Old fashioned management systems had (have?) a very rigid structure of documentation. This spiralled down from the very hierarchical top with an insanely boring policy written by a quality or safety manager and moving down through vast numbers of unintelligible procedures, instructions and forms. Each was developed from an inflexible locked down template with awkward fields such as purpose, scope, definitions, acronyms, responsibilities and so on. Finally there may be a small paragraph that described how to do something. They were usually conceived in the very odd mind of an undiagnosed autistic engineer who failed basic English. And these are documents that are meant to communicate something! In fact, it is much more than that – we need to ensure that our target audience not only fully understands the content but can execute it flawlessly – no way!
Policies are meant to state an organisation’s position, direction or intent with respect to a topic as expressed by the boss (not a quality manager!). They should stem from the organisation’s principal purpose – say what you mean in simple, plain English. If your purpose is to make money, don’t be frightened to say so – ‘a fair return for owners or shareholder’. Try to be unambiguous – don’t use fluffy marketing speak – shiny, glossy, fantastic quality! These words are meaningless. Be specific – what about ‘meeting or exceeding agreed requirements’. Now define or commit – ‘to do this, we will….’. As a final ‘quality’ check, ask yourself who is the audience of this document? Will my workers understand what I just said?
There used to be a requirement for a Quality or Safety Manual – this made good sense in terms of having available a descriptive system roadmap. Although, you’d have to think that if you need a roadmap you’ve blown the simple system design and construct rule. In practice no one ever read these manuals unless a client requested them at tender, and even then they probably weren’t looked at properly anyway! Thankfully the standards no longer require this type of document. It is interesting though to see a number of organisations trying to update their old manuals with the front end requirements of the new Standard. Suddenly new sections appear such as ‘context’, ‘interested parties’ etc. What a complete waste of time. This new information is very dynamic and will require constant update if it is to be of use to an organisation. It has no place in an old quality manual that’s for sure! Consider a slimmed down business plan template – reference out to where this stuff actually lives. Now the leadership team (and others) might actually use it.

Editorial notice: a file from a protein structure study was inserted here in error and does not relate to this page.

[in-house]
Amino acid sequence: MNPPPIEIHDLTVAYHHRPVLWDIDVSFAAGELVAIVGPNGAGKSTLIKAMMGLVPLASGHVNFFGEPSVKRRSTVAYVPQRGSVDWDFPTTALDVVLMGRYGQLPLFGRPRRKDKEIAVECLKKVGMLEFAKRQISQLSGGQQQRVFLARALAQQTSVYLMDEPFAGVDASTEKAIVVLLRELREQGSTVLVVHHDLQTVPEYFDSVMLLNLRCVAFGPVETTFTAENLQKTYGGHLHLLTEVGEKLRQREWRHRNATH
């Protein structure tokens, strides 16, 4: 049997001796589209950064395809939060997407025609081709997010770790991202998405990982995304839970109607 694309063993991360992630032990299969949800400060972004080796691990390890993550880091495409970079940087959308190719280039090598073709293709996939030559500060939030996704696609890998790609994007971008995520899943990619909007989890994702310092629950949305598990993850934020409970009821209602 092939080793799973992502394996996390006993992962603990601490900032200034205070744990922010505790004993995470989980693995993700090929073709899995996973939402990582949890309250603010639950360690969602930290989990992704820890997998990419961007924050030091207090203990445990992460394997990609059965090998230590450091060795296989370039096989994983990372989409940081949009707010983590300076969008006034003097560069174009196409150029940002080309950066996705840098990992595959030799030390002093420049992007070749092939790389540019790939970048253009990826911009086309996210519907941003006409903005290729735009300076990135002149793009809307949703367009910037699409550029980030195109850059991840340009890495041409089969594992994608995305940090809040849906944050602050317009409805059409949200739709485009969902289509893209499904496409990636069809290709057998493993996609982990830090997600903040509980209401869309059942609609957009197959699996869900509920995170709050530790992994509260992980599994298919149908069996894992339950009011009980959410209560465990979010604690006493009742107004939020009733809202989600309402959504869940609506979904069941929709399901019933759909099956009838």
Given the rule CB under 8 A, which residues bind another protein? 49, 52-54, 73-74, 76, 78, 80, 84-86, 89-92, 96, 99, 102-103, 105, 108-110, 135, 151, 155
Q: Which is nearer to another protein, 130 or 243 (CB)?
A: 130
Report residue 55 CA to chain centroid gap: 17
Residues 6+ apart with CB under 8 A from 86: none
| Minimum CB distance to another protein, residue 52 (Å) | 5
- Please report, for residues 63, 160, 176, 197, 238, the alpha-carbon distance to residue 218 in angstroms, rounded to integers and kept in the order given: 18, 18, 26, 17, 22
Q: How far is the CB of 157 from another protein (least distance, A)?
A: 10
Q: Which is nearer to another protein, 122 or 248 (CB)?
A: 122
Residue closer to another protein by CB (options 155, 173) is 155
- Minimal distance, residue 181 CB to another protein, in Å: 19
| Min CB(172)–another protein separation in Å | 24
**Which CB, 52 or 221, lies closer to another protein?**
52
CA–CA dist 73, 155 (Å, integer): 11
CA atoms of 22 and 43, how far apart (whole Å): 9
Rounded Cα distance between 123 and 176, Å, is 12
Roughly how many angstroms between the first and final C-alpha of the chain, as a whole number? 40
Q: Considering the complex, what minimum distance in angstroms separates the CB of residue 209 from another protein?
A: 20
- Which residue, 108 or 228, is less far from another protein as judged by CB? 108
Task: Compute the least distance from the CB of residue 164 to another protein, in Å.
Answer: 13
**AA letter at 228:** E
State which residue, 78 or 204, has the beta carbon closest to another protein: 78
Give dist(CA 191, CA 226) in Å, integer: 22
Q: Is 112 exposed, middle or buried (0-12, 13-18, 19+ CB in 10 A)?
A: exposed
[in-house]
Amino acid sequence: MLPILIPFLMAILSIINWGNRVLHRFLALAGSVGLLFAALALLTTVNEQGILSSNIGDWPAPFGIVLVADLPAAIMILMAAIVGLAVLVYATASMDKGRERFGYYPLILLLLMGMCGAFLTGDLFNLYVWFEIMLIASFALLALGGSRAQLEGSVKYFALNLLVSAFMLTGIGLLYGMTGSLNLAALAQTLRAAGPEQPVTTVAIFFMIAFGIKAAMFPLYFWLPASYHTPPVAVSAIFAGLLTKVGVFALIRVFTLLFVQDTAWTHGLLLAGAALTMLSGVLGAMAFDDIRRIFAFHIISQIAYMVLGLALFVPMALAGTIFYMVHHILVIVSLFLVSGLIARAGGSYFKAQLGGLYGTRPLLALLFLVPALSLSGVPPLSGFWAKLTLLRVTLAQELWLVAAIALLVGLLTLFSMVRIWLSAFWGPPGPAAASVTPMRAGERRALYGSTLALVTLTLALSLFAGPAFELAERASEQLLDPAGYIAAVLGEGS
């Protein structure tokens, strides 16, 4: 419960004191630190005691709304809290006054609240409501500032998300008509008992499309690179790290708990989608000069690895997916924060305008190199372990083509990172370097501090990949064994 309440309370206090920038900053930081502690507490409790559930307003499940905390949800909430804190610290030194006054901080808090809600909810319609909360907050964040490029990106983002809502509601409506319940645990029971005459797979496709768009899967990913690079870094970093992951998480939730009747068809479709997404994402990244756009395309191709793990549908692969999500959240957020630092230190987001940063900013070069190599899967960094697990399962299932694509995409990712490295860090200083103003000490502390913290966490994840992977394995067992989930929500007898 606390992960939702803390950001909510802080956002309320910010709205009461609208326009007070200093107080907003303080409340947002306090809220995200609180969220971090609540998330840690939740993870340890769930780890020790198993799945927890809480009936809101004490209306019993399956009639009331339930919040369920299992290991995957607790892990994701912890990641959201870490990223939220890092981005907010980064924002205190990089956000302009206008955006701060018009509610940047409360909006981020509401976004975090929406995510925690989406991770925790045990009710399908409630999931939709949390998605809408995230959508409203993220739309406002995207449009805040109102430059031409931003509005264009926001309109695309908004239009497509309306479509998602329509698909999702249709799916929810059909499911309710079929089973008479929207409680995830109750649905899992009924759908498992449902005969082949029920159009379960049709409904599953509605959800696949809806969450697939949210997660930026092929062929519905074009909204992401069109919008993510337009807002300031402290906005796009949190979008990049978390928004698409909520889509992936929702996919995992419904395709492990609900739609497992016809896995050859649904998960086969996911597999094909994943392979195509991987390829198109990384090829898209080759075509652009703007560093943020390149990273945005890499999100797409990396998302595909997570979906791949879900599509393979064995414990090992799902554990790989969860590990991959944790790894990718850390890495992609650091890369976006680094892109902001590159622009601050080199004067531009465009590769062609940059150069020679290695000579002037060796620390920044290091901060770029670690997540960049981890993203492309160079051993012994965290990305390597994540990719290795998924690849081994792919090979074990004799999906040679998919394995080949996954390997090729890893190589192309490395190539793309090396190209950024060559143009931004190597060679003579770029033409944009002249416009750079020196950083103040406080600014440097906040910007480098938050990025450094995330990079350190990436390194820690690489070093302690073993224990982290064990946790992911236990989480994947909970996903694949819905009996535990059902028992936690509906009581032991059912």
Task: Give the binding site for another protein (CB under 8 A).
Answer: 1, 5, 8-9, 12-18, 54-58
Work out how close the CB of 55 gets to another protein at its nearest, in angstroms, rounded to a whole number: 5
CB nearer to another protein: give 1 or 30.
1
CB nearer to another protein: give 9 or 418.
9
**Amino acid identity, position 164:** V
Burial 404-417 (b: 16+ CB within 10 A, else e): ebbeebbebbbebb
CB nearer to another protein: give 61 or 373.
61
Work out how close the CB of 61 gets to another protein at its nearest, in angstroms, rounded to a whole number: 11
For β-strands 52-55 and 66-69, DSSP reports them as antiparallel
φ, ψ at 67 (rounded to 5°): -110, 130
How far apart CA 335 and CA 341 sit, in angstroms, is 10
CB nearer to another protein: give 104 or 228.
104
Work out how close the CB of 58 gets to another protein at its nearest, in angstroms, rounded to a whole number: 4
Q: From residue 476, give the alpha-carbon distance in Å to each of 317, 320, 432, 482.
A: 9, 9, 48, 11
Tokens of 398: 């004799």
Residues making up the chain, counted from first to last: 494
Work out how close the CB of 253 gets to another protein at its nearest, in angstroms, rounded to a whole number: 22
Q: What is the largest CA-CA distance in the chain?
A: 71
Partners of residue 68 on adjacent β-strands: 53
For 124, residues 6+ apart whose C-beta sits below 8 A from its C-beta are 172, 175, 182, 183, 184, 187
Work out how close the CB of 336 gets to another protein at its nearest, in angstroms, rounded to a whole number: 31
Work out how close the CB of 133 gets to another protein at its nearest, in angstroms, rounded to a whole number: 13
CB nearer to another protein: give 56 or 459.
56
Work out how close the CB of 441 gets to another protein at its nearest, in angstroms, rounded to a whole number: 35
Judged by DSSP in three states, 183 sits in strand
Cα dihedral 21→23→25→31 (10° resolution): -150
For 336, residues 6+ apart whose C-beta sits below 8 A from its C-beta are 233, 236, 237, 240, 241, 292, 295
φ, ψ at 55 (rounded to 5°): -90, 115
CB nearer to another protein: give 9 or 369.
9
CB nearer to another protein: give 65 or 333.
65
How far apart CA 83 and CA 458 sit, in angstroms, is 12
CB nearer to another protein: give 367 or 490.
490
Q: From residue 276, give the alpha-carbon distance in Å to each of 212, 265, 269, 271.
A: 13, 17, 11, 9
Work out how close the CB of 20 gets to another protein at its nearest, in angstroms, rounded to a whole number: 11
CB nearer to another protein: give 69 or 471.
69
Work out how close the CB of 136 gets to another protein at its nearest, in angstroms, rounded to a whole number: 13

ISO defines procedures as a “specified way to carry out an activity or a process”, with a very important added note – “procedures may be documented or not”. Traditionally procedures define responsibility with the usual who, what, when, where and how. Ensure they do not contain fluffy marketing spiel, are direct and to the point. They should simply describe a process or part process. In the Annexure SL world they should clearly describe the expected success outcome and if possible a measure of this success (KPI). They need to include resources, responsibilities, inputs, outputs, acceptance criteria and methodology. Ideally, consider who the supplier and customer is (internal/external) and any inherent risks and opportunities. Also consider defining the process owner and the target audience. Often a number of procedures may collectively constitute a process. By defining the desired success outcome this procedure is now auditable for effectiveness. Finally, consider how you intend to communicate this knowledge packet to your target audience. There will be a large element of competency in this. You will expect your target audience to be able to flawlessly carry out this procedure, therefore just telling workers about it in a toolbox meeting might not cut it. High risk industries use the well proven competency driven adult learning principal of theory, test, practical, observation…it makes sense. Keep them simple, to the point, use visual aids and ensure people understand and can execute them, otherwise you are wasting your time and money. Annexure SL enable some lateral thinking here – why not convert your old fashioned procedure into front-end competency modules? Reduce repetition, duplication and overlap, say it once at a the very beginning of an employee’s tenure. These can be controlled, updated and are always on tap for relearning or referencing. This approach also eloquently meets the wonderful but baffling knowledge clause in the new 9001:2015 Standard.
Work Instructions are an old favourite and will always exist. They are specific task based documents that do not specify responsibility. Think of the simple step 1-2-3 instructions on the side of the pump when you fill up for fuel or how to fill in a data entry page in SAP. Anyone can do it if you follow the precise steps. Do not add fluff or anything that is not a step – no guidance, no support information – this belongs elsewhere…
Finally we should chat about guidance documents. These are generally more casual and informal and contain all that superfluous ‘knowledge’ that you have always wanted to write down somewhere. Seriously a well-constructed guidance document library can support the organisational knowledge requirements, be a useful reference library and is generally not auditable.
If your system has evolved over time with a succession of owners, it is likely that it has become fragmented, duplicated and not very useful. Consider the incredible opportunities offered by the new Standards to ‘re-package’ your precious knowledge into an effective delivery vehicle.